Woodrow A. Wickham, 1942-2009
Woodrow A. Wickham, 1942-2009It is with deep sadness that we mark the passing of Woody Wickham, a man who played a deep and crucial role in POV’s success for many years.

As a vice president at the John D. and Catherine T. MacArthur Foundation, Woody was an advocate for public media and independent documentary film. In that role, he provided early and consistent support for POV and other iconic series and films such as PBS’s Frontline and the landmark documentary film Hoop Dreams.
Woody believed that independent filmmakers were in a special position and had a particular responsibility to shine a light on the issues of the day and to engage audiences with the power of storytelling. He helped us see beyond the broadcast, and that it was essential to actively engage communities to give films a long life and an exponentially greater impact. The great flourishing of documentary film over the past 20 years is due in no small part to the impact of Woody’s work.

POV and independent documentary filmmakers have had no greater friend and champion. He’ll be sorely missed.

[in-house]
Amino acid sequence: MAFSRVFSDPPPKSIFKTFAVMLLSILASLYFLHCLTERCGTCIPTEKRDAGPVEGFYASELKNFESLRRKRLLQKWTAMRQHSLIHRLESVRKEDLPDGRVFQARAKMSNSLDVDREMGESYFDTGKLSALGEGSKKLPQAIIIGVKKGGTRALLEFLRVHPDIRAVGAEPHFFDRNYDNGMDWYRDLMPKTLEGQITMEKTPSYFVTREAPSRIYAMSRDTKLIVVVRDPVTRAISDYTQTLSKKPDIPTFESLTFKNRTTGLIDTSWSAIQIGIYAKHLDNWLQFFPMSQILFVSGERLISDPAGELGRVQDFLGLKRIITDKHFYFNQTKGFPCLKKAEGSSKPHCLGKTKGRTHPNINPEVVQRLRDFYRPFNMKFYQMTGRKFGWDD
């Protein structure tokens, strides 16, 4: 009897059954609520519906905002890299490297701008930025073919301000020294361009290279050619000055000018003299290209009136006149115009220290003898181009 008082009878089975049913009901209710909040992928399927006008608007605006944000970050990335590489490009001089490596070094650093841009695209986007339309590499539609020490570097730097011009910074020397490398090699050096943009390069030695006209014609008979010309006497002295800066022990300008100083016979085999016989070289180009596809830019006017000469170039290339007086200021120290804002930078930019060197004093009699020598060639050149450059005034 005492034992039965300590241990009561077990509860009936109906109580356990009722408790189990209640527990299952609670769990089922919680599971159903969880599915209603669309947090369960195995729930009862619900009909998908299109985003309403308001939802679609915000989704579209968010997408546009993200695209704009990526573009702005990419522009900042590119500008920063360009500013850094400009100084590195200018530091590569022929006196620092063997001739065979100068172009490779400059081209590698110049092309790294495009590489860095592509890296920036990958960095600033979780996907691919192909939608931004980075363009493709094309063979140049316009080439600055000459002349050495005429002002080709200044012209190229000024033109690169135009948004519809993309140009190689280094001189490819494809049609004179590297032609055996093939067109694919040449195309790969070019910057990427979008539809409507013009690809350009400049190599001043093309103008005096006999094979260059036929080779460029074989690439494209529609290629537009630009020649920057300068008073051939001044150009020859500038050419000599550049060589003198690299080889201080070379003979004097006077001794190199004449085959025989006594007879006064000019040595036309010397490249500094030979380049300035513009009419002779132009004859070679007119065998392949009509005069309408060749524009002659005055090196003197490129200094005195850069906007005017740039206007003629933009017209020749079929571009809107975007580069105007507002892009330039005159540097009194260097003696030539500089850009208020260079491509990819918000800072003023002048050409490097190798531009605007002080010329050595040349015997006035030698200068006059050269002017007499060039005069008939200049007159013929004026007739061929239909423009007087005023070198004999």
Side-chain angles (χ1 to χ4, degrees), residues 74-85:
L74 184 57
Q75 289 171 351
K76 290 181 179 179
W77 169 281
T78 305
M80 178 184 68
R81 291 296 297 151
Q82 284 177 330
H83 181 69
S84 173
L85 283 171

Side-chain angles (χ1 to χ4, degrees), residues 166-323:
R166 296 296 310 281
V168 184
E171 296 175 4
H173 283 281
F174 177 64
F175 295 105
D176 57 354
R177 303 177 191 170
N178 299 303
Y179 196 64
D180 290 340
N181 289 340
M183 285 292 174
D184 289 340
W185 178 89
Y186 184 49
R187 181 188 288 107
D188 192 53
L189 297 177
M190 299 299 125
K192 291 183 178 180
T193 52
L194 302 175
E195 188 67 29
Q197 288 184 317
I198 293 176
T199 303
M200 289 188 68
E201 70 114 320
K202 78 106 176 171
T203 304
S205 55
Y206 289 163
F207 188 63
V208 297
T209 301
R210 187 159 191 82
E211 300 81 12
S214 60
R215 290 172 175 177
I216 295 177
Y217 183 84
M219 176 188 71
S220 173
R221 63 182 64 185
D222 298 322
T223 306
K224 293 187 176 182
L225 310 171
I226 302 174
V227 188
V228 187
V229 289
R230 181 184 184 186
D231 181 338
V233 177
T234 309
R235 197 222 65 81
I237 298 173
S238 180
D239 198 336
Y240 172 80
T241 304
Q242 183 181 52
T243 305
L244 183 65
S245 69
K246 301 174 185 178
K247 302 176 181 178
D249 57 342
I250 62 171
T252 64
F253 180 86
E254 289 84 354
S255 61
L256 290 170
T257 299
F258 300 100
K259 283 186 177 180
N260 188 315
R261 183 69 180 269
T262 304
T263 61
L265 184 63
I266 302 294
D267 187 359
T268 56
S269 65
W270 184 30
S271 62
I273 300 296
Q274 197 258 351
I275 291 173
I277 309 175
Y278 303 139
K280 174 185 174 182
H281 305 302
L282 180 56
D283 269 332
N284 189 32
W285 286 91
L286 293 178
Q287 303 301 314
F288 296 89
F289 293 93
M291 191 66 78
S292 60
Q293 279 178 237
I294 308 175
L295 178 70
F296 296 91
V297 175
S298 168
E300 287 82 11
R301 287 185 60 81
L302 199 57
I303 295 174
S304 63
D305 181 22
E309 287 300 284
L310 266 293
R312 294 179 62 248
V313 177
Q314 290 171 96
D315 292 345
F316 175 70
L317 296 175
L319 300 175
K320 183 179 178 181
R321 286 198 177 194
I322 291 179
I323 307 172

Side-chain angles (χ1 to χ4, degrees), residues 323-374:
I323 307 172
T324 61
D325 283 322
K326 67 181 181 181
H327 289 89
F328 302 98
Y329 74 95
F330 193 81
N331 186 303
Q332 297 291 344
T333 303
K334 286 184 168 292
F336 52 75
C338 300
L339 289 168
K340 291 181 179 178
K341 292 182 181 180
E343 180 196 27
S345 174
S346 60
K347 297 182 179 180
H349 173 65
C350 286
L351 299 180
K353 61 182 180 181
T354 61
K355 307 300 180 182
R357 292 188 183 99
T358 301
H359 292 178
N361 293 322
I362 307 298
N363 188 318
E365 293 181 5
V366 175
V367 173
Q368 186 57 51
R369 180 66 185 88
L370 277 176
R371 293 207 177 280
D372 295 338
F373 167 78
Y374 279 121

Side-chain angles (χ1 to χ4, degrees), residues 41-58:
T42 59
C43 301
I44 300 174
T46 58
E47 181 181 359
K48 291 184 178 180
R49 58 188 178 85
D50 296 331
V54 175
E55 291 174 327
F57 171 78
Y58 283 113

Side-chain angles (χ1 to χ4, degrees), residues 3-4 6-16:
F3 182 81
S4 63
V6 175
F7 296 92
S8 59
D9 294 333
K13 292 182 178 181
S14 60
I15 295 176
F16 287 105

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Simon served as chief operating officer of American Documentary for six years before assuming the role of executive director in Fall 2006. Since joining AmDoc in 1999, he has played a key role in helping to set strategic direction for the organization and implementing new initiatives, including the Diverse Voices Project, POV's co-production initiative in support of emerging filmmakers; POV's Borders, PBS' Webby Award-winning online series; and True Lives, a second-run series for independent documentaries on public television. In addition, he worked to secure pioneering partnerships with both Netflix and Docurama to expand the distribution opportunities for POV filmmakers and enhance branding for POV Previously, Simon was associate director at Teachers & Writers Collaborative, a nonprofit literary arts and education organization and publisher, where he is now a member of the board of directors. He has also served as a board member and treasurer for Elders Share the Arts and East Harlem Block Schools, and as an informal advisor and funding panel member for other organizations including the New York City Center for Arts Education, the Association for Independent Video and Filmmakers and New York State Council on the Arts. Simon attended the University of Edinburgh, Scotland, and Columbia University Business School's Institute for Not-for-Profit Management.